HC Deb 17 August 1893 vol 16 cc422-4
SIR W. HART DYKE (Kent, Dartford)

I beg to ask the hon. Member for Merionethshire's Charity Commissioner, whether Clause 91 of the Merionethshire County Scheme is consistent with Clause 16 of "The Endowed Schools Act, 1869," referred to by him on 14th August; whether he is aware that a clause of a similar character, relating to denominational teaching in boarding houses, was contained in a scheme dealing with Christ's Hospital, and eventually struck out under a judgment of the Judicial Committee of the Privy Council as being ultra vires; and whether there is any scheme in operation under the Endowed Schools Acts containing such a restriction as indicated in Clause 91 of the Merionethshire Scheme?


The Commissioners consider that Clause 91 of the Merioneth Scheme is consistent with Section 16 of the Endowed Schools Act, 1869; but, as has been already stated in reply to the hon. Member for Owestry, the Commissioners have taken care to obviate all possibility of incompatibility between the clause and the section by making the provisions of the clause subject to those of the section as embodied verbatim in Clause 90 of the Scheme. The provision to which the hon. Baronet refers as having been struck out of the Christ's Hospital Scheme, in pursuance of a judgment of the Judicial Committee of the Privy Council, was not similar in character to this clause. That provision was that— Every person in charge of a boarding house of any school of the Foundation should allow exemption when claimed from attending prayer or religious worship, or from any lesson or series of lessons on a religious subject. This provision the Judicial Committee declared to be contrary to Section 16 of the Endowed Schools Act, 1869. No provision similar to this can be found in Clause 91 of the Merioneth Scheme. But, if there be anything similar, it must give way to the requirements of Clause 90. The precise provisions of this clause are not contained in any scheme which is in operation under the Endowed Schools Acts. But a similar provision is made in Section 89 of the Carnarvonshire Scheme. In nearly all the schemes which have been framed by the Charity Commissioners under the Endowed Schools Acts for schools in England and Wales (except those which are strictly denominational by virtue of Section 19 of the Act of 1869), the power of prohibiting instruction in the schools in the formularies of any particular denomination is given by the Schemes to the Governing Body.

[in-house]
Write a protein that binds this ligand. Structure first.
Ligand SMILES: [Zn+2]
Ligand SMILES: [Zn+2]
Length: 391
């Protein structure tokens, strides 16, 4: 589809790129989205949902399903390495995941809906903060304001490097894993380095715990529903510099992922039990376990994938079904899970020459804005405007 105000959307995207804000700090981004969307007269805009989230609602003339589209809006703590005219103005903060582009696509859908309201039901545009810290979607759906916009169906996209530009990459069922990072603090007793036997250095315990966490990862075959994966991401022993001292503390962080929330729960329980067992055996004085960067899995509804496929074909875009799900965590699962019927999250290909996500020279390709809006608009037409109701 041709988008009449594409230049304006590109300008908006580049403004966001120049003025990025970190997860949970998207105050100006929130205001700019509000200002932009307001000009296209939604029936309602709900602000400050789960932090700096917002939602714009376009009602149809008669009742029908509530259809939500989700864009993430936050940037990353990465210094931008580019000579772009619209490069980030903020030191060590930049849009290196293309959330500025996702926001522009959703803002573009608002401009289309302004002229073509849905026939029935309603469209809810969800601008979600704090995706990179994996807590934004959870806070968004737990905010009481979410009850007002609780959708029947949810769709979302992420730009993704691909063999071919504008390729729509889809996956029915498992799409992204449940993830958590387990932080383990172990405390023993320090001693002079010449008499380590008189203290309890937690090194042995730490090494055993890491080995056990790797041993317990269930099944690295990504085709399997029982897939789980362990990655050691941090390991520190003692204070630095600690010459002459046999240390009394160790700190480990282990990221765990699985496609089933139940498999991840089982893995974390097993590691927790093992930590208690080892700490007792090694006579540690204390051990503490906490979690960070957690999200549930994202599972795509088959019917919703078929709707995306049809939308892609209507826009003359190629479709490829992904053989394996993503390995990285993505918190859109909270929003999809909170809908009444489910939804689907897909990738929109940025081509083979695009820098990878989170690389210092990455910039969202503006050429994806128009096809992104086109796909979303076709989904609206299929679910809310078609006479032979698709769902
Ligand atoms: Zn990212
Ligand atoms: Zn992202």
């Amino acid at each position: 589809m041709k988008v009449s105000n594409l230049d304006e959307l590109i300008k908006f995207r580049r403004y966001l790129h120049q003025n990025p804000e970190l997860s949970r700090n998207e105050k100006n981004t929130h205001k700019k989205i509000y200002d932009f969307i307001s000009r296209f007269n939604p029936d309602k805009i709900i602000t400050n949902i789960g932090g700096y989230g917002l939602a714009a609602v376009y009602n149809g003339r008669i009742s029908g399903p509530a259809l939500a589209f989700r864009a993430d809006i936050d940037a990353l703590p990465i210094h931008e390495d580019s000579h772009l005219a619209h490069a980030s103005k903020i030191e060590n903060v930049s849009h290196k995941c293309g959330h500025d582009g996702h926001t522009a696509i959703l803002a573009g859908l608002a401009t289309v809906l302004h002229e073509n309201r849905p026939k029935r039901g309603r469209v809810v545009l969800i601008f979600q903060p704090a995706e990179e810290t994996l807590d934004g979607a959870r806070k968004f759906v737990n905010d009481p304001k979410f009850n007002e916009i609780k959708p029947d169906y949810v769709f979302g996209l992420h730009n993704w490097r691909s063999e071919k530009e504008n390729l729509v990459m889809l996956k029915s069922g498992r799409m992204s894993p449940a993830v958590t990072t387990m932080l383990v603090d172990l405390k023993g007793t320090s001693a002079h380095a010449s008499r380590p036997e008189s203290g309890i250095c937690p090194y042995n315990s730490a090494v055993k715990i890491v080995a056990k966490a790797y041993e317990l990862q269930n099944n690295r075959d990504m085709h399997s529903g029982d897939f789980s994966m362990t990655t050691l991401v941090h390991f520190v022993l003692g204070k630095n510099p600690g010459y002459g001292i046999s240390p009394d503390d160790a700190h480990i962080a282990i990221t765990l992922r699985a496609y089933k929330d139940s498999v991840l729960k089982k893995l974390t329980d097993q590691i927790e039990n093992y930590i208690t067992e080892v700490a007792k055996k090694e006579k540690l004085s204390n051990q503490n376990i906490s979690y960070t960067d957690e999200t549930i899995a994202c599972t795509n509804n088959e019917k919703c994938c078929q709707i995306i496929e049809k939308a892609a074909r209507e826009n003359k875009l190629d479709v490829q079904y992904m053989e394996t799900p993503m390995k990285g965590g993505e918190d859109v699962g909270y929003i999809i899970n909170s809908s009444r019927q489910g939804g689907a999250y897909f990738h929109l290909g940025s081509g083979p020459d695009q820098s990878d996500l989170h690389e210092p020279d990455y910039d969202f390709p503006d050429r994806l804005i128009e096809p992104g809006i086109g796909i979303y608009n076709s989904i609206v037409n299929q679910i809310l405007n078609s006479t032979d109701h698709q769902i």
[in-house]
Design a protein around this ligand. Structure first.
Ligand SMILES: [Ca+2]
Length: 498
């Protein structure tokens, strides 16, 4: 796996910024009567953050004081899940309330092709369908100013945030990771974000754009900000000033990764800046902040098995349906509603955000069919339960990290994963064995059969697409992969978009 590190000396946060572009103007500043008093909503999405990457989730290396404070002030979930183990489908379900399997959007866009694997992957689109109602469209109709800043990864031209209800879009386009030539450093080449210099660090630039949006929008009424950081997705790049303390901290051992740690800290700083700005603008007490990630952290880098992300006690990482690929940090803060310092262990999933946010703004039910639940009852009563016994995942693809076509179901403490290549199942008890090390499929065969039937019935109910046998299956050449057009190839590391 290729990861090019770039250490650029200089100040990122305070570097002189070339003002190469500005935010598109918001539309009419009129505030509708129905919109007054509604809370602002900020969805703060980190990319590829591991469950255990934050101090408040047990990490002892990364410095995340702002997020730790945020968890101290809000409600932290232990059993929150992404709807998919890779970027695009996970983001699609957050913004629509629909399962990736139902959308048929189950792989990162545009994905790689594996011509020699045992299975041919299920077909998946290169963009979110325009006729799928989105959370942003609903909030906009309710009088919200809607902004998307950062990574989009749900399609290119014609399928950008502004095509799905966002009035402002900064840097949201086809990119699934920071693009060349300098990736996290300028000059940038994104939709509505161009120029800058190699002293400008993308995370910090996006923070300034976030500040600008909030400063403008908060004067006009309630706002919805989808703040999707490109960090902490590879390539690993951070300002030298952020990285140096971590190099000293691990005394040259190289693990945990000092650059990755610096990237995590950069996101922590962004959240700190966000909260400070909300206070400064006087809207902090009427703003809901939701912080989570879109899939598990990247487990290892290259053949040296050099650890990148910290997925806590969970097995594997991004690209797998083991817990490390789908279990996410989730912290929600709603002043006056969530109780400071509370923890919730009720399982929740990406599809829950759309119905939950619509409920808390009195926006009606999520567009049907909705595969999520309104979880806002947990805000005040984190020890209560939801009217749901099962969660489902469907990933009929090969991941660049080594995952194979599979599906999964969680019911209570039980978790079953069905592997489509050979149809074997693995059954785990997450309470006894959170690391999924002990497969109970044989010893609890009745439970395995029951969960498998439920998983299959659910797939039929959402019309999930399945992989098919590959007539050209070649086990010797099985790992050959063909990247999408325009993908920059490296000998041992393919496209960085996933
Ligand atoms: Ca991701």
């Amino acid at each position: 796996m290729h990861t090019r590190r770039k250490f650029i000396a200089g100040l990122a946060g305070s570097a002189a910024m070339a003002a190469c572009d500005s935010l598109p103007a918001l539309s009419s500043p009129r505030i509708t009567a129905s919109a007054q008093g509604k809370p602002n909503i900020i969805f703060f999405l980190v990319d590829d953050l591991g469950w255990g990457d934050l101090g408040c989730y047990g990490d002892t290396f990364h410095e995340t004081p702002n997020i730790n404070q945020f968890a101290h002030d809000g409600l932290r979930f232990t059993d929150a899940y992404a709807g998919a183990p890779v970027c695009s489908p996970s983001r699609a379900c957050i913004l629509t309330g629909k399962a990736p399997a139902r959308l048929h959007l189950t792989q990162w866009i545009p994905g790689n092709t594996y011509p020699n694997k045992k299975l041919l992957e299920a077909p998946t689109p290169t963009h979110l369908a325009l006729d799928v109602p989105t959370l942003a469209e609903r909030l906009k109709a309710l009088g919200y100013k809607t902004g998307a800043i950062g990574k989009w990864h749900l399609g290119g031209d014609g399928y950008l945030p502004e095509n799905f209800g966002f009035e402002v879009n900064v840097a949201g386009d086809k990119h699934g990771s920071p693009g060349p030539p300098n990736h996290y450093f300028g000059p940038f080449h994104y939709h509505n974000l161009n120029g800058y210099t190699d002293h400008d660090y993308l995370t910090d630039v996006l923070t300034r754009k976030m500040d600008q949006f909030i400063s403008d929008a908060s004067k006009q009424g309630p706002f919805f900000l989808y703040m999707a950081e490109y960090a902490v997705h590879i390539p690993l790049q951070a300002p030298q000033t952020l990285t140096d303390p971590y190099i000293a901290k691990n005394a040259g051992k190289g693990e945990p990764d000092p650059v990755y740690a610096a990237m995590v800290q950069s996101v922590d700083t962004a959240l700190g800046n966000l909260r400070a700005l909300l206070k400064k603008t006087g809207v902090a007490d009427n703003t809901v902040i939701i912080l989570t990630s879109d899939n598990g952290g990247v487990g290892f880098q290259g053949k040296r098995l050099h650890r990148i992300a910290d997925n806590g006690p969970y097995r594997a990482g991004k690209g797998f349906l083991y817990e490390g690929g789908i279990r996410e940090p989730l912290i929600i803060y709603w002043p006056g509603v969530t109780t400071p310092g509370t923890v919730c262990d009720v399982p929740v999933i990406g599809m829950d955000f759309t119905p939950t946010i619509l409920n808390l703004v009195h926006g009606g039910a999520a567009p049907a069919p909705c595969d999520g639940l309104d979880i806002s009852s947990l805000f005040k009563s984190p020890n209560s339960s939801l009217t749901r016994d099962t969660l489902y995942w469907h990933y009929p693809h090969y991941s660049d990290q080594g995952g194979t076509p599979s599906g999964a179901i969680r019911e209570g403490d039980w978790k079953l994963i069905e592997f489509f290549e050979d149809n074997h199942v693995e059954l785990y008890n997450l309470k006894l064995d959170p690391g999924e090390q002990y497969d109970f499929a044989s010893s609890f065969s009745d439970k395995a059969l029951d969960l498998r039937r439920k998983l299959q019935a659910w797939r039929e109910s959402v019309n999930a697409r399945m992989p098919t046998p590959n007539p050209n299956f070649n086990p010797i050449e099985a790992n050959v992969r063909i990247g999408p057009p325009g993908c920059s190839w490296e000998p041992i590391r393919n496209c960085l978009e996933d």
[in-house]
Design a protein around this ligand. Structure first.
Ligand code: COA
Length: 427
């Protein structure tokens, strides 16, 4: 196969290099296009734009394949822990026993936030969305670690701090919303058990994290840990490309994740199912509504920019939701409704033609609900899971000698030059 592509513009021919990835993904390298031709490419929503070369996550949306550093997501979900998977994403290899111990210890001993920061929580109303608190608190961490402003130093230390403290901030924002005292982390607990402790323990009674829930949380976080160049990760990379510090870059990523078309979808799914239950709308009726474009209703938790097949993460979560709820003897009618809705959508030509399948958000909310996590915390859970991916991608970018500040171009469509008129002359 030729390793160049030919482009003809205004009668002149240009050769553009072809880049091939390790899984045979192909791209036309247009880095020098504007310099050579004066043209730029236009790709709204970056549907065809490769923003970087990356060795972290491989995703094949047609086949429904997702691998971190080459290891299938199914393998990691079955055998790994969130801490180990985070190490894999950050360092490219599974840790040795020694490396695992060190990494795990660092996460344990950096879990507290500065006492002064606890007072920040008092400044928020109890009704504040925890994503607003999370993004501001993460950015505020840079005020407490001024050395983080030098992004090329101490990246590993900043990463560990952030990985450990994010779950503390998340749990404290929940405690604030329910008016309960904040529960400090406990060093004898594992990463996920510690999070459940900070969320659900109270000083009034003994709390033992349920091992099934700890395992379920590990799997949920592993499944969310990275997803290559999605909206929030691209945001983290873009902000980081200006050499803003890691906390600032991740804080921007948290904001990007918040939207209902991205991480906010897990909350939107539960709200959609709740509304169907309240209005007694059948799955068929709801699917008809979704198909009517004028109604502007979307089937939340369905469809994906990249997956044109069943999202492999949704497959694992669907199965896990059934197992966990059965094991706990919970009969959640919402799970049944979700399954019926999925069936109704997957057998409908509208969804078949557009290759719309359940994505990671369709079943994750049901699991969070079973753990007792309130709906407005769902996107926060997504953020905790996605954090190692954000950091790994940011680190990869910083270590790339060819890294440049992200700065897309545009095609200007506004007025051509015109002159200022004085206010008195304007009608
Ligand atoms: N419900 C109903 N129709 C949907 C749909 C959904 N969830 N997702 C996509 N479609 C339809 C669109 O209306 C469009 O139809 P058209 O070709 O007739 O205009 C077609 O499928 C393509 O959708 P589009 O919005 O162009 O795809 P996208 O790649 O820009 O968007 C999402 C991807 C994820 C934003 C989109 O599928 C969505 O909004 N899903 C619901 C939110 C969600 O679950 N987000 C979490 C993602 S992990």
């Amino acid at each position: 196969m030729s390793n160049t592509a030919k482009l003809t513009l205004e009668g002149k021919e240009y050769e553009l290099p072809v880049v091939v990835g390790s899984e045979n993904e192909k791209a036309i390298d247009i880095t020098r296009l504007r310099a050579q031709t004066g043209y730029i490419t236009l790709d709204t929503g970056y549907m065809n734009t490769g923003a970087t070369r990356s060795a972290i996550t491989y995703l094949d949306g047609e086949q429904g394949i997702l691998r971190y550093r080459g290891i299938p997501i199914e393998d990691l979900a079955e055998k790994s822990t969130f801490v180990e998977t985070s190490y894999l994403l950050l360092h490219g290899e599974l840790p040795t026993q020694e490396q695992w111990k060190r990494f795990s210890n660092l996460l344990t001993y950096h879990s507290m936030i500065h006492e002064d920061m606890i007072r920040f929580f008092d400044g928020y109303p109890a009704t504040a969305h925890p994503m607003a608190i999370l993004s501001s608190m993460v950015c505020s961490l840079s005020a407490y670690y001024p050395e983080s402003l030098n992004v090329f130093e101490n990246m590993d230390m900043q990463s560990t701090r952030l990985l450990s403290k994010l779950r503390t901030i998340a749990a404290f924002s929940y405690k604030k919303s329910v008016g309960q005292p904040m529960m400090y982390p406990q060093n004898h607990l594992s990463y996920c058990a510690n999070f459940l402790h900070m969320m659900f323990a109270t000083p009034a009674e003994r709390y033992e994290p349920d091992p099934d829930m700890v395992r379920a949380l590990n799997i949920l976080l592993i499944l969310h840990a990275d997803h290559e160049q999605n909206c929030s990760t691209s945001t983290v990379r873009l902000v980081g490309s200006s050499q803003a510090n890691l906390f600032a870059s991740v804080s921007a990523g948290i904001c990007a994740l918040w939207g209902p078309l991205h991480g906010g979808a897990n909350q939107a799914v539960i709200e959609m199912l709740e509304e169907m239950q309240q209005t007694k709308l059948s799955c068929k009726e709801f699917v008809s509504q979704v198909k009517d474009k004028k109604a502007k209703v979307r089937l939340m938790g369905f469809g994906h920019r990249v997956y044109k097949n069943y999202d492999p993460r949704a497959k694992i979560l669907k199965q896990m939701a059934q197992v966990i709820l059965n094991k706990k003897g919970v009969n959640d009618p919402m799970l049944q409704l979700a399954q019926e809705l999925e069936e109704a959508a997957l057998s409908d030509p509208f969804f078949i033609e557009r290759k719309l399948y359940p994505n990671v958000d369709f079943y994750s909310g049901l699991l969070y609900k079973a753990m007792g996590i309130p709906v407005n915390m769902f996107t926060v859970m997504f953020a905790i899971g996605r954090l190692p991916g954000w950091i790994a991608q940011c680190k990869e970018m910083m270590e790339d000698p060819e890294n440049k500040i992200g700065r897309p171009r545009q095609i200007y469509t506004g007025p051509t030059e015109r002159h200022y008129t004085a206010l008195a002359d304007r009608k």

I do not wish to press the hon. Member unfairly, but I desire to ask him whether, as Clause 91 now appears for the first time, and is proposed to be carried into operation under this Scheme, whereas the House was first informed by the Vice President of the Council that this clause was founded on the Act of 1891, and on the Endowed Schools Act; and whether, as on the 14th August we were informed by the hon. Member that the clause was founded only on Section 16 of the Endowed Schools Act, and as we have been informed that it is subject to six or seven other clauses of the Endowed Schools Act, the hon. Member does not think it advisable to refer this matter to the Judicial Committee of the Privy Council to have a legal opinion taken upon it rather than risk the destruction of the whole Scheme, which is inevitable as the clause remains, and so put back the entire education in this district of Wales?


I have just stated that a similar provision appeared in Clause 89 of the Carnarvonshire Scheme, which was thoroughly discussed in the House of Lords for several hours some months ago, and passed without any vote whatever. The Commissioners are perfectly satisfied that the clause is legal, not founded on Section 16, but subject to Section 16, and it is not the duty of the Commissioners, but of the objectors to the Scheme, to test its validity.


Is it not the fact that the Scheme wholly prohibits the reading of collects in family worship in the hostel.


Yes, Sir.